Introduction: Activation of thromboxane A2 synthase (TXAS)/thromboxane A2 (TXA2)/thromboxane-prostanoid receptor (TP) leads to arterial constriction, platelet aggregation and ultimate vascular damage. In this study, we aimed to characterize the microvascular dysfunction in ischemia/reperfusion injury using genetically modified TXAS-/- and TXAS-/-TP-/- mice.
Methods: Cardiac microcirculation and electrocardiogram were determined from B6, TXAS-/- and TXAS-/-TP-/- mice in response to intravenous saline, endothelin-1, U46619 (TXA2 agonist) or myocardial ischemia/reperfusion injury. Cardiac edema extravasation and troponin I concentration were also evaluated. Myocardial expression of TXAS, TP, eNOS, NADPH oxidase NOx4, 4-hydroxynonenal and IL-1β, TUNEL-apoptosis stain, and coronary effluent TXB2, O2- and NO were assessed. Mesenteric microcirculation was investigated by wire myograph of mesenteric artery from mice treated with norepinephrine, endothelin-1, U46619 or acetylcholine. In vivo fluorescent platelet adhesiveness to mesenteric arterial endothelium after FeCl3 stimulation was also examined.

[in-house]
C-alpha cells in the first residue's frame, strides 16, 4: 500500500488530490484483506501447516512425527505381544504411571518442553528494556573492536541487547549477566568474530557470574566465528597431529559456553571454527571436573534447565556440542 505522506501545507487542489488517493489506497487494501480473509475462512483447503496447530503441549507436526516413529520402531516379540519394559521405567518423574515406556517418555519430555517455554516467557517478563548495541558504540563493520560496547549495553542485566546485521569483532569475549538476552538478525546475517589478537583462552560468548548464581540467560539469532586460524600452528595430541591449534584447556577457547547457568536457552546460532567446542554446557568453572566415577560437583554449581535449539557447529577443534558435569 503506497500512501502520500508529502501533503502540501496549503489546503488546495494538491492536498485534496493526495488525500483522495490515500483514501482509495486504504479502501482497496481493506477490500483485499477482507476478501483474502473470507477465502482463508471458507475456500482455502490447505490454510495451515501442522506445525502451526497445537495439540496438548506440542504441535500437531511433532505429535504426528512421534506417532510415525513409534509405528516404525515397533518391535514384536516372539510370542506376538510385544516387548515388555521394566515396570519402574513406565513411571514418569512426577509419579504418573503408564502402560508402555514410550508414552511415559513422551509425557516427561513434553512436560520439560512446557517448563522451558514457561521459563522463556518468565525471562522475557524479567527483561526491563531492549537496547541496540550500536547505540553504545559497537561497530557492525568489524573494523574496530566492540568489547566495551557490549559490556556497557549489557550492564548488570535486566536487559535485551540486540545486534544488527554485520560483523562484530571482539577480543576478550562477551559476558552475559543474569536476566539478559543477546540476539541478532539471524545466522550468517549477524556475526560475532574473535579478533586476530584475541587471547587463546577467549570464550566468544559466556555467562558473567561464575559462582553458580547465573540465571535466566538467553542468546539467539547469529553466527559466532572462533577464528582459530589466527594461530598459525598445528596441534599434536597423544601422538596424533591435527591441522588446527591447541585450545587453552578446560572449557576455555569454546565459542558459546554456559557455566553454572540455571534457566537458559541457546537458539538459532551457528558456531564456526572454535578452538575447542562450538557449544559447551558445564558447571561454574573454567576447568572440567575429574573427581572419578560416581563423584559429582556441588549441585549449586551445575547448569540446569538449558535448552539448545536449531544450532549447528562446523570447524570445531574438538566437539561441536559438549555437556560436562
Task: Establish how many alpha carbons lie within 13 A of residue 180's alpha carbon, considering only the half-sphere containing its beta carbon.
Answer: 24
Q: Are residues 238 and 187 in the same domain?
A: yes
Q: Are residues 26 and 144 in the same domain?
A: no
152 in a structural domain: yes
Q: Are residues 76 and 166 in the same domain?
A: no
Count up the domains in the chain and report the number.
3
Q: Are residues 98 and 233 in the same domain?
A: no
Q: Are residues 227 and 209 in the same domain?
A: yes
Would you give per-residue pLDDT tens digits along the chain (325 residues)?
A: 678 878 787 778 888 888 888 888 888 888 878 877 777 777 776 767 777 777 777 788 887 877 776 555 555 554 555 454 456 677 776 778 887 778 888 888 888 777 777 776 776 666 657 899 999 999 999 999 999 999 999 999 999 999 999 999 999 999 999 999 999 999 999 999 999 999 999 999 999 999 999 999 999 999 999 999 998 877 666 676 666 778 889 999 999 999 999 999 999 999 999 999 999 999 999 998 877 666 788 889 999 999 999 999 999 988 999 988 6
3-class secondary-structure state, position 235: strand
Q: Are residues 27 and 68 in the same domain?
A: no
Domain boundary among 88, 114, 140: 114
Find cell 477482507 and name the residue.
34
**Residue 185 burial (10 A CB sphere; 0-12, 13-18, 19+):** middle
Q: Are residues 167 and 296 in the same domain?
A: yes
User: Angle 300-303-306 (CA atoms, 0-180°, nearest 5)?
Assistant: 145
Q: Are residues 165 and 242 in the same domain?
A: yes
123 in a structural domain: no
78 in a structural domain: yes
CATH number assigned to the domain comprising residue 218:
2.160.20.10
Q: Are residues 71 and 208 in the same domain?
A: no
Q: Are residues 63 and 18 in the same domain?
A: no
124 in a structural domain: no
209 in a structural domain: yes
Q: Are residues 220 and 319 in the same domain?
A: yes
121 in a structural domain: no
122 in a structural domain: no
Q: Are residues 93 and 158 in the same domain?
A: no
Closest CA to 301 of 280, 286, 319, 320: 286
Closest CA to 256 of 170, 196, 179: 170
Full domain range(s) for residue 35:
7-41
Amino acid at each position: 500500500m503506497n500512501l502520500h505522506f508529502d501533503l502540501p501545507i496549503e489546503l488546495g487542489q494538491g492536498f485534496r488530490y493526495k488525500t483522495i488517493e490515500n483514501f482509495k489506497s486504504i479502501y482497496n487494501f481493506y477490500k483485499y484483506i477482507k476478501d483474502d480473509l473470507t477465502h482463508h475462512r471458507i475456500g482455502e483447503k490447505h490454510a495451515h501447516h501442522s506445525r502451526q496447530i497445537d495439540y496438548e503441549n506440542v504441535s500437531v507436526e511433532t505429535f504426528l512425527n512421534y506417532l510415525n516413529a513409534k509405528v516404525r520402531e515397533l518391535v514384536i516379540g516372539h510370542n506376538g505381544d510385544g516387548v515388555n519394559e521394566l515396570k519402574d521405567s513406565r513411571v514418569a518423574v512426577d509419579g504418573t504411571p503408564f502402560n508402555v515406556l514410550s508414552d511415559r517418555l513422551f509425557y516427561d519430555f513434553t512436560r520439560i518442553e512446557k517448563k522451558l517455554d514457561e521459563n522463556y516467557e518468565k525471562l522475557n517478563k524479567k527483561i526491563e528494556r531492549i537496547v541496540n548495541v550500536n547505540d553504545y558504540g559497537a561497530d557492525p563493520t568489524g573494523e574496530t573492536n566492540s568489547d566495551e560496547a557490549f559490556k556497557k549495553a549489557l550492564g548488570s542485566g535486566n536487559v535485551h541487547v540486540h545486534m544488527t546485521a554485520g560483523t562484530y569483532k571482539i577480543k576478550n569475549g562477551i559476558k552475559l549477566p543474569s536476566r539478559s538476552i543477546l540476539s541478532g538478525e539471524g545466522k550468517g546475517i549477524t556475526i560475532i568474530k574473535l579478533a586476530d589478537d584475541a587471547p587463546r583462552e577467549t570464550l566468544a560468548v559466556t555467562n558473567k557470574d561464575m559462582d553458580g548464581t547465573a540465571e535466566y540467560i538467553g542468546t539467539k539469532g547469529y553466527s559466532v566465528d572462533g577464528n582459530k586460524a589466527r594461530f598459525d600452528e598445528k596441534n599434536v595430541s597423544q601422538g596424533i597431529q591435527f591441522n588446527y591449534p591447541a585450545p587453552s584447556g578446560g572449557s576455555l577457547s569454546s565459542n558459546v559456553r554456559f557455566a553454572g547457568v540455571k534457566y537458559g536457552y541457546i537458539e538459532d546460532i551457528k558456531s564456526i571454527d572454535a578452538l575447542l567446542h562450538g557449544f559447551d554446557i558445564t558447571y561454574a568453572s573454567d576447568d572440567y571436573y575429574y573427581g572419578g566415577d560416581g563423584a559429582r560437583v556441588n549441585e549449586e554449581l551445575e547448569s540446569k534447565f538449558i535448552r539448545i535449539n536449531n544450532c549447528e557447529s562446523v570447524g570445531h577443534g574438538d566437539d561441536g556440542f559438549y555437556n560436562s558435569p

Results: In B6 mice, myocardial ischemia/reperfusion significantly increased the expression of TXAS, TP, NOx4, coronary endothelin-1, TXB2 and O2- release. In contrast, the eNOS and NO concentration and cardiac microcirculation were reduced. These effects were remarkably inhibited by aspirin. In TXAS-/- and TXAS-/-TP-/- mice, depletion of TXAS or TXAS/TP gene attenuated norepinephrine-, U46619- or endothelin-1-induced vasoconstriction, and enhanced low-dose acetylcholine-mediated vasodilation. These TXAS and TXAS/TP-deficient mice revealed marked decrease in oxidative and pro-inflammatory markers after ischemia/reperfusion injury. Pathology also demonstrated a decrease in the infarct size, with mitigation of platelet adhesion to the mesenteric endothelium.
Conclusions: Inhibiting TXAS/TXA2/TP signaling confers vascular protection against ischemia/reperfusion injury in both cardiac and mesenteric arteries. Attenuation of mesenteric microvascular dysfunction by aspirin also suggests a role of antiplatelet agents in the prevention of ischemic bowel diseases.